7) Do you think that heterosexual couples are more reluctant to explain that they are following assisted reproduction treatment?

Yes, they are more reluctant. Homosexual couples or single mothers can not deny it. They know that assisted reproduction is what you need if they want to be mothers. Although the concept of assisted reproduction has evolved with the passage of time, it still remains a taboo. There are heterosexual couples that find it hard to admit that there may be a problem in their fertility and that they must rely on assisted reproduction.

8) We read on your page that men do not tend to be regulars at the community you manage in assisted reproduction. How do you think that you could get or motivate men to attend, or to become more involved?

Men do not often go to the sessions support (the support group organized in Madrid) that I do, perhaps one has attended a time or two, but not repeatedly. In the case of same-sex couples they are usually go both. On my website, in two years, only one man has made a comment.

We must insist that men engage more and become more open with their partners, in such a way, that they can understand that fertility is something of the two of them. We must also take into account that the “passion” of having children tends to be more felt by women than by men, and perhaps this feeling is what pushes more women to fight to achieve their dream and be more consistent and assiduous to the community.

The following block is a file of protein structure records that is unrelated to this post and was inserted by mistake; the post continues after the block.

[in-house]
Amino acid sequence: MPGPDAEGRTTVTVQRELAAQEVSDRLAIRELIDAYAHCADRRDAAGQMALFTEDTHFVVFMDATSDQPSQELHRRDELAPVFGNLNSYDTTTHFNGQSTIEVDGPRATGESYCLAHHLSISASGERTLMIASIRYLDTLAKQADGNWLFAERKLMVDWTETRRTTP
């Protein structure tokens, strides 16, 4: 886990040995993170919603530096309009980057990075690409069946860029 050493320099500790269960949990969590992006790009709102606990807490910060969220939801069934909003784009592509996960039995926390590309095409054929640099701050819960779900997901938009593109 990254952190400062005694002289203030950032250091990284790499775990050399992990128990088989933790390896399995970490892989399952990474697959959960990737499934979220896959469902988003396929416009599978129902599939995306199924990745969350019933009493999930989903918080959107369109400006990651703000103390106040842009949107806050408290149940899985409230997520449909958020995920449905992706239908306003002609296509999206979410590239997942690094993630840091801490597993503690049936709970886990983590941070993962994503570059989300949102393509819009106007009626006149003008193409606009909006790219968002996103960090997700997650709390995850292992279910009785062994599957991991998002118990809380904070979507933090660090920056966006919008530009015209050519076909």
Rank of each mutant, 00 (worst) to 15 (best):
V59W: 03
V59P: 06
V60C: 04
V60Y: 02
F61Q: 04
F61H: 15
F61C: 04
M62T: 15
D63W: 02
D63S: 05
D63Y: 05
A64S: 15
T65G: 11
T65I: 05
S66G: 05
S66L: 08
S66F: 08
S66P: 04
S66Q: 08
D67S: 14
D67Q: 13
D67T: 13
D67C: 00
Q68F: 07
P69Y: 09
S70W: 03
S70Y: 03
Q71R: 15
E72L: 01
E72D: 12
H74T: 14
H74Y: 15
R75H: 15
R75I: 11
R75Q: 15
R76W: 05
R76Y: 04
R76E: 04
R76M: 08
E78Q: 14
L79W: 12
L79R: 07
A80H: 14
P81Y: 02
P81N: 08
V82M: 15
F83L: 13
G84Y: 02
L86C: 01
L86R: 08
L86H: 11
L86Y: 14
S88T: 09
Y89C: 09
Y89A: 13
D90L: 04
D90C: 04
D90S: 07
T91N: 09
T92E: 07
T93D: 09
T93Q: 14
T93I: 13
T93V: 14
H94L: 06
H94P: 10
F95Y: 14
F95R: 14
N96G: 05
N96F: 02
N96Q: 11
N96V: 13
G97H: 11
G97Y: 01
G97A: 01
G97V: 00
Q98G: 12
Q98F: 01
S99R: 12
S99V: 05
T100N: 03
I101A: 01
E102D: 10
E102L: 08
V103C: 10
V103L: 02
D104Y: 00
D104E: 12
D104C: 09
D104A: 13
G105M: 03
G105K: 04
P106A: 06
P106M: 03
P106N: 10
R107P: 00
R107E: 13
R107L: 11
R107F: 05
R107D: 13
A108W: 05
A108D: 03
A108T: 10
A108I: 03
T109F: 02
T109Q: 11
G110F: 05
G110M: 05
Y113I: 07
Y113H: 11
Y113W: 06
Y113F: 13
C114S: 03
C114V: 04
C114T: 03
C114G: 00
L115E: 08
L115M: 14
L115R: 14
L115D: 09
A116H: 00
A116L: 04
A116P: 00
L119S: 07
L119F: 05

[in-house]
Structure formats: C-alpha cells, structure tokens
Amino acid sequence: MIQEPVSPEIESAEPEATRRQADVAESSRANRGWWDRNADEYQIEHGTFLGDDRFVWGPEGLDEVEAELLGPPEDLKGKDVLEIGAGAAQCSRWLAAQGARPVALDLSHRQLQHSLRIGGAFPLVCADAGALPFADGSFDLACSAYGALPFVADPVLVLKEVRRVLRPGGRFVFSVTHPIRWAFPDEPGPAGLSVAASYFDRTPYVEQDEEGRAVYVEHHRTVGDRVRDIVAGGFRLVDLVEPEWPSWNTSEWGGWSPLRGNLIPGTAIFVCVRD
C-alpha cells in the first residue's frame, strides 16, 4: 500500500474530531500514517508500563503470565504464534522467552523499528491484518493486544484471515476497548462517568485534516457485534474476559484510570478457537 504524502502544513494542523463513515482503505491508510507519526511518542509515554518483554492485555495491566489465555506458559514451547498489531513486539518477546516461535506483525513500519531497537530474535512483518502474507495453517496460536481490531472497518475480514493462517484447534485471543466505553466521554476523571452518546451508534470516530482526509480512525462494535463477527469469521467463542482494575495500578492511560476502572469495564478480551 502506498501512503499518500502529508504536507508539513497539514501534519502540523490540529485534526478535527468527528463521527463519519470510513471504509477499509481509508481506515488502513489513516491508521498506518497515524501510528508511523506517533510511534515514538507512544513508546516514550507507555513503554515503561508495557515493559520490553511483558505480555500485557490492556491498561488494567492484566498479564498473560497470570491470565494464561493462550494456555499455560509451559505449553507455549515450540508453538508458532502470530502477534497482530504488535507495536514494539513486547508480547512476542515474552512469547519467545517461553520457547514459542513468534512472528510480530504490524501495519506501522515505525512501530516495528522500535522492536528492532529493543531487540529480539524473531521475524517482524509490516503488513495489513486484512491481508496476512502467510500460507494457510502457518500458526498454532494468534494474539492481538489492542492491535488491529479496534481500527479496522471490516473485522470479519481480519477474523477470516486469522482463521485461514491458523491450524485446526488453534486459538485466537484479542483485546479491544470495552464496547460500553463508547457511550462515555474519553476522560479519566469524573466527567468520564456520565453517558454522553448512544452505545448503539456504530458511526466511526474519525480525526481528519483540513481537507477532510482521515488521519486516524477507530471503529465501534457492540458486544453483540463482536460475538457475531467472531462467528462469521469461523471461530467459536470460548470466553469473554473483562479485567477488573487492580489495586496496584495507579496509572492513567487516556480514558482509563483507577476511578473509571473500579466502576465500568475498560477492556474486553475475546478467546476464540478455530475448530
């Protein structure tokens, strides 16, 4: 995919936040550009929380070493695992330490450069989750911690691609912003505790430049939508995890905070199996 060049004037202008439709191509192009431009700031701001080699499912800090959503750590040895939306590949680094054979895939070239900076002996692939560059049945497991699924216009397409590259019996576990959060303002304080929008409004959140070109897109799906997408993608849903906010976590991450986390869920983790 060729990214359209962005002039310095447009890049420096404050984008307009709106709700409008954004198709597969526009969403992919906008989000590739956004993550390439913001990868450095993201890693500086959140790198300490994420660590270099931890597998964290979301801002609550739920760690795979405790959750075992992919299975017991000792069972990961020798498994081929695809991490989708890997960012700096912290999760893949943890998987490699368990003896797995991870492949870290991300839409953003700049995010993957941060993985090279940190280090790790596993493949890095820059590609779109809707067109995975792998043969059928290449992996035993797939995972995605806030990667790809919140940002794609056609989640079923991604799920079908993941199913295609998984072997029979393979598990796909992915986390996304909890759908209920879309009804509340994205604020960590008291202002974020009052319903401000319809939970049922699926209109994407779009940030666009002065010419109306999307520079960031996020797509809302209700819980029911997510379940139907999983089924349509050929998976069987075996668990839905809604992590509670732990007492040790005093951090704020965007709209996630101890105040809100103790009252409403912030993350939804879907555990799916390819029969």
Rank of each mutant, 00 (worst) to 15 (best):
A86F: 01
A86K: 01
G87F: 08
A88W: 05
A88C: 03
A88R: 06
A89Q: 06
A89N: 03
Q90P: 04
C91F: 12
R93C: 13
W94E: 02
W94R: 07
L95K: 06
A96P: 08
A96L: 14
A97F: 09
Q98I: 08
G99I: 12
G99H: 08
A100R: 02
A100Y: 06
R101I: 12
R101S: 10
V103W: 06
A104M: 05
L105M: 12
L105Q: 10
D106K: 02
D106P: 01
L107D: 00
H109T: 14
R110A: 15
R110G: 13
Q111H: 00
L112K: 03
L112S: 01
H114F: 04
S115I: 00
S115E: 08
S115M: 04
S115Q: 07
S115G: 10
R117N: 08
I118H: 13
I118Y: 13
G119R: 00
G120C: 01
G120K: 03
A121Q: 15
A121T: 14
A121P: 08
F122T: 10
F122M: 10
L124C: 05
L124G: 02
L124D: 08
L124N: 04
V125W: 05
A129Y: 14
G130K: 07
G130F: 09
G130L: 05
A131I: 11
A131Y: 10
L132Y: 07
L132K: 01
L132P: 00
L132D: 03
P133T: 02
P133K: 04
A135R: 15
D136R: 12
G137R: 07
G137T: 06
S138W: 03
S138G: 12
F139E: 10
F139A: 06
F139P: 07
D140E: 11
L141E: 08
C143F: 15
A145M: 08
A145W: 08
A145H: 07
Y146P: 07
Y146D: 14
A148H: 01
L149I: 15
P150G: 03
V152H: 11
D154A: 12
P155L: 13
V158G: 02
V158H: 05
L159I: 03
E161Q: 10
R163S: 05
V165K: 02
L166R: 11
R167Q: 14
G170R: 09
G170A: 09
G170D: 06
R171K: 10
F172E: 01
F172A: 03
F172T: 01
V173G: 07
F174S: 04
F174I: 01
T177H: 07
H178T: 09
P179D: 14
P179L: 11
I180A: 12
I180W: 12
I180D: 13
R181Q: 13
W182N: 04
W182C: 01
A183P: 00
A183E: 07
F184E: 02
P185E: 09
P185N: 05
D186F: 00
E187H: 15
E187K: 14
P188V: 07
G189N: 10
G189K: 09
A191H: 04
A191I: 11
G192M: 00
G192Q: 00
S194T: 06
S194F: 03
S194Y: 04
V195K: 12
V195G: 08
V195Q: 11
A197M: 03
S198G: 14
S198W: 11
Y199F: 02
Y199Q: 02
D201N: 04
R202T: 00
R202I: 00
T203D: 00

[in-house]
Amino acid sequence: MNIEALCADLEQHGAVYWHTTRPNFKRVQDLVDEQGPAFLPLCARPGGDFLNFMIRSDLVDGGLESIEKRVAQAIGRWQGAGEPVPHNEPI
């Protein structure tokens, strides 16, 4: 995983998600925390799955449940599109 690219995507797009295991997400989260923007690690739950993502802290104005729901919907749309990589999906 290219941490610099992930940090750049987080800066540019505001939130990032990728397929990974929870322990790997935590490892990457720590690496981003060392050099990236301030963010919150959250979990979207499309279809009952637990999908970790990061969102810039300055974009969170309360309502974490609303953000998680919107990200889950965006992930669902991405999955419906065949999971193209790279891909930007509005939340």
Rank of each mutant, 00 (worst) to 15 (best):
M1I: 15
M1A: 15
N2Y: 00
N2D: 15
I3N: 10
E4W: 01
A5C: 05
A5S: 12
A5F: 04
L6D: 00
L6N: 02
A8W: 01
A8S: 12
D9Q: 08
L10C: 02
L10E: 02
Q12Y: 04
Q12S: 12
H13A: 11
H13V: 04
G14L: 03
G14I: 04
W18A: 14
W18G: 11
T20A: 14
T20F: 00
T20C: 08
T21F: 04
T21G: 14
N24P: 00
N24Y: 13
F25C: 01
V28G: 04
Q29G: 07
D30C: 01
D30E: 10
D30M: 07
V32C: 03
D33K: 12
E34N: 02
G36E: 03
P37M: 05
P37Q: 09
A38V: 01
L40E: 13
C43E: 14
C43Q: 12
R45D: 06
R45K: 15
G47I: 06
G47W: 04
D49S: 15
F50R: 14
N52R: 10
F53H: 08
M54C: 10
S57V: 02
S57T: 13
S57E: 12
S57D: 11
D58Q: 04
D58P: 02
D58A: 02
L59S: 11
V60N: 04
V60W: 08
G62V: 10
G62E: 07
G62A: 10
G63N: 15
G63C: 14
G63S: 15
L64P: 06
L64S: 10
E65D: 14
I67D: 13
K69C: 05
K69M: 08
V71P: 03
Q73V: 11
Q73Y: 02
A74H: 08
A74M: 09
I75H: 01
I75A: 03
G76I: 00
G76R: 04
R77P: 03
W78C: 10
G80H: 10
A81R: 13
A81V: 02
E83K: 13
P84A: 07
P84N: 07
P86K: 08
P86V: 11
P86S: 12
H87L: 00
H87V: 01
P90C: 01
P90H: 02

9) ¿Have you imagined they day in which you are going to tell your children how they were conceived?¿how and when are you going to explain it to them?

From the begining it was clear in my mind that I wanted my children to know how they were conceived. From the first moment I have told them everything. It is possible that the small ones do not understand yet, but they get familiarised with the vocabulary. The eldest is now 9 and he knows his story. I think it is important to prepare the children to know the truth. When other children ask my son, he doesn´t have problems explaining that his mother went to a clinic that helped her to have children.

10) Assisted reproduction not only has helped you have children, it has changed your life in other ways. Now you help women to achieve their dream with your experience, your counseling, your strengh. How do you see the assisted reproduction from this new perspective?